Perhaps to add some strength to my argument I can give some indication
of our current graph's shape however.

Currently we have about 14 000 tables and about 220 000 columns in the
rdbms and it grows runtime as we support more and more vendors and
technologies. This is in the telco space.
100% of that is added, updated and deleted via the graph.

Maps makes this job way way easier.
If I were to use some graph implementation that does not have the map
interface natively I'd add some wrapper or util or something immediately

Data that comes in from etl processes or web frontends or wherever is
almost always already in a Map. Very very seldom do we work with varargs.
Not having a map interface forces clients to convert maps to varargs
meaning they'll add that wrapper/utility in their apps anyways.

The interface Sqlg added is `graph.addVertex(String label, Map<String,
Object> keyValues)`
The original varargs method is never invoked.


On 18/10/2016 16:05, Marko Rodriguez wrote:
> Hi,
> addV(Object…) was deprecated because it didn’t support Parameters (that is, 
> dynamic traversal based parametrization).
> g.V().has(’name’,’bob’).as(‘a’).
>   addV(‘person’).
>     property(‘name’,’stephen’).
>     property(‘status’,select(‘a’).by(’status’))
> We could support it in Object.., but then stuff looks weird:
> g.V().has(’name’,’bob’).as(‘a’).
>   addV(label,’person’,’name’,’stephen’,‘status’,select(‘a’).by(‘status’))
> You really don’t save that much typing and I think its best to be explicit so 
> traversals are more readable.
> To @pieter. In terms of Map arguments. We don’t have any steps/sources that 
> take Map arguments. I would prefer not to introduce a new data structure 
> especially when its so fuggly to create in Java.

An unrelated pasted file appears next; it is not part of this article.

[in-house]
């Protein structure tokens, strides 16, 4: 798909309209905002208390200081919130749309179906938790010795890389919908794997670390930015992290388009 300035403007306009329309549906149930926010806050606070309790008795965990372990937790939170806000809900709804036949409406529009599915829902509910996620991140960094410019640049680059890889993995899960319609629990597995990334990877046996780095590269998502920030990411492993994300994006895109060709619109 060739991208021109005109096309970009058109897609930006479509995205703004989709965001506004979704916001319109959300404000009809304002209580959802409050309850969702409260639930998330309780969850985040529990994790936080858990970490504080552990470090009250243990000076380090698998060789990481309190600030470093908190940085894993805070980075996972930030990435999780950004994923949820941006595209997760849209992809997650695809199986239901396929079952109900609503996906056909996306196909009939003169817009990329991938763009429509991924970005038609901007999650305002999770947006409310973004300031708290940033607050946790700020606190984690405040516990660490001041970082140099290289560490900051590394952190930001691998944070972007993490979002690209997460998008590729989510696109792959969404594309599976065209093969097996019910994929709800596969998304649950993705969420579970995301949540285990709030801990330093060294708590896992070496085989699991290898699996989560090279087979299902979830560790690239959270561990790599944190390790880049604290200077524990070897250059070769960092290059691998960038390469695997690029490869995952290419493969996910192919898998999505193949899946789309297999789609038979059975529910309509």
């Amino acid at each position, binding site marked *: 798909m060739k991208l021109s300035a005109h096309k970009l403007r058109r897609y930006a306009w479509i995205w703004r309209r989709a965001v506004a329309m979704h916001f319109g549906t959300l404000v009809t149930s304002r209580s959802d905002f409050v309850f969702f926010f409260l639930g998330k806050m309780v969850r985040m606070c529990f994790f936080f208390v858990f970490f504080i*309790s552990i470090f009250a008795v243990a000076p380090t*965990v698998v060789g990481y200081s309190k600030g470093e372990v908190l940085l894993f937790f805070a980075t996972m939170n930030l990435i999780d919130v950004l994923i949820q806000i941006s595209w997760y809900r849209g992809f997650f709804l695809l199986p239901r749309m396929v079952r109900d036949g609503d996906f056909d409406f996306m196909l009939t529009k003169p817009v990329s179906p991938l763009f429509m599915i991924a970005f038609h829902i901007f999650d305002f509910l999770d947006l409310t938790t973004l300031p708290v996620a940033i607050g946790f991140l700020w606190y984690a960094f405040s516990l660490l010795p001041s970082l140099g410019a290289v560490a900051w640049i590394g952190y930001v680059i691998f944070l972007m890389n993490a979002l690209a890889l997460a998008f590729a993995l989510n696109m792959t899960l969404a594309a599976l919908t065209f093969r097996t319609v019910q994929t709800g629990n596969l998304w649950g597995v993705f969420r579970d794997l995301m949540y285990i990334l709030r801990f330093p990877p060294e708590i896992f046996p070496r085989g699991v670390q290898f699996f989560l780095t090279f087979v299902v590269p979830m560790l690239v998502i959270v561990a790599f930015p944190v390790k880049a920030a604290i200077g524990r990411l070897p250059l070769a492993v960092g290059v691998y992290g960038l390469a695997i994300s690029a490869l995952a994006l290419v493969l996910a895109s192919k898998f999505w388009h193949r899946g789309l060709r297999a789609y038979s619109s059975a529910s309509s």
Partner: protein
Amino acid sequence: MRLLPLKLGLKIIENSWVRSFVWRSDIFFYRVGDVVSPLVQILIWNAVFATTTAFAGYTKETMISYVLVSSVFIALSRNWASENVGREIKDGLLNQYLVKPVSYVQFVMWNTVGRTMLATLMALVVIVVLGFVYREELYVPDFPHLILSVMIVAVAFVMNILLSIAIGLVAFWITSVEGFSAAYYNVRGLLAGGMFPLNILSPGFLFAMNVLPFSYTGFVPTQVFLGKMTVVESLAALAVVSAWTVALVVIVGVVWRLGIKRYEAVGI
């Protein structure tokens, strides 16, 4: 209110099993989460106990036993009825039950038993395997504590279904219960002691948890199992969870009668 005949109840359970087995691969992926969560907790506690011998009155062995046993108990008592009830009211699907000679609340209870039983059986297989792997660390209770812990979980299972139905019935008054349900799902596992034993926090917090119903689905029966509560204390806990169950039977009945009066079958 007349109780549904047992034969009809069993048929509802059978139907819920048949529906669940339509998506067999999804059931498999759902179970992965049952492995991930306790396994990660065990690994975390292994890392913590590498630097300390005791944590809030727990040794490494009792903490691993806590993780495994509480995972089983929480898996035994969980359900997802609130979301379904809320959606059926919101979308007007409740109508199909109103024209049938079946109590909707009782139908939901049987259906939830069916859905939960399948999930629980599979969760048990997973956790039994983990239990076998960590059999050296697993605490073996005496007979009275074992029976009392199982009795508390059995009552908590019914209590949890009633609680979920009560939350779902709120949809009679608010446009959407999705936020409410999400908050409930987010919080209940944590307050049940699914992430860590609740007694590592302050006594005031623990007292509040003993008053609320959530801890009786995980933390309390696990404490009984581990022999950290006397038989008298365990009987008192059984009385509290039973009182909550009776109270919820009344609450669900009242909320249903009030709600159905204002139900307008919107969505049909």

> Thoughts?,
> Marko.
>> On Sep 28, 2016, at 1:03 PM, Pieter Martin <> wrote:
>> Well, I have to say I really like Map. In almost all of our code by the time 
>> we
>> are ready to create a vertex we have the properties already in a map. Data 
>> for
>> the most part are not captured by humans typing gremlin but by machines and
>> they store key value pairs in a Map.
>> Cheers
>> Pieter
>> Excerpts from Marko Rodriguez's message of September 28, 2016 7:18 :
>>> Hi,
>>> Right now we have:
>>>     addV().property(a,b).property(c,d,e,f)
>>> The second property() call creates a c=d vertex property with e=f 
>>> meta-property.
>>> We could do this:
>>>     addV(a,b,c,d).property(c).property(e,f)
>>> That is, addV() has a Object[]… arg. However, seems to be the same length 
>>> of characters. Though, without meta-properties:
>>>     addV().property(‘a’,b’).property(‘c’,’d’)
>>> …becomes:
>>>     addV(‘a’,’b’,’c’,’d’)
>>> I don’t really like Map as that is not a type we use anywhere else… Marko.
>>>> On Sep 28, 2016, at 10:41 AM, Stephen Mallette <> 
>>>> wrote:
>>>> Matthias re-opened that issue now looking to see g.addV(Map) given my
>>>> reasoning for closing.
>>>> On Tue, Sep 20, 2016 at 12:49 PM, Stephen Mallette <>
>>>> wrote:
>>>>> Anyone interested in seeing a Graph.addVertex(Map) overload?
>>>>> I don't imagine there would be any change to addV() in this case. I'm
>>>>> thinking that we wouldn't likely use this method internally and so it 
>>>>> would
>>>>> more be something for user convenience, in which case, it seems to
>>>>> encourage more use of the Graph API which we're typically trying to do 
>>>>> less
>>>>> of.

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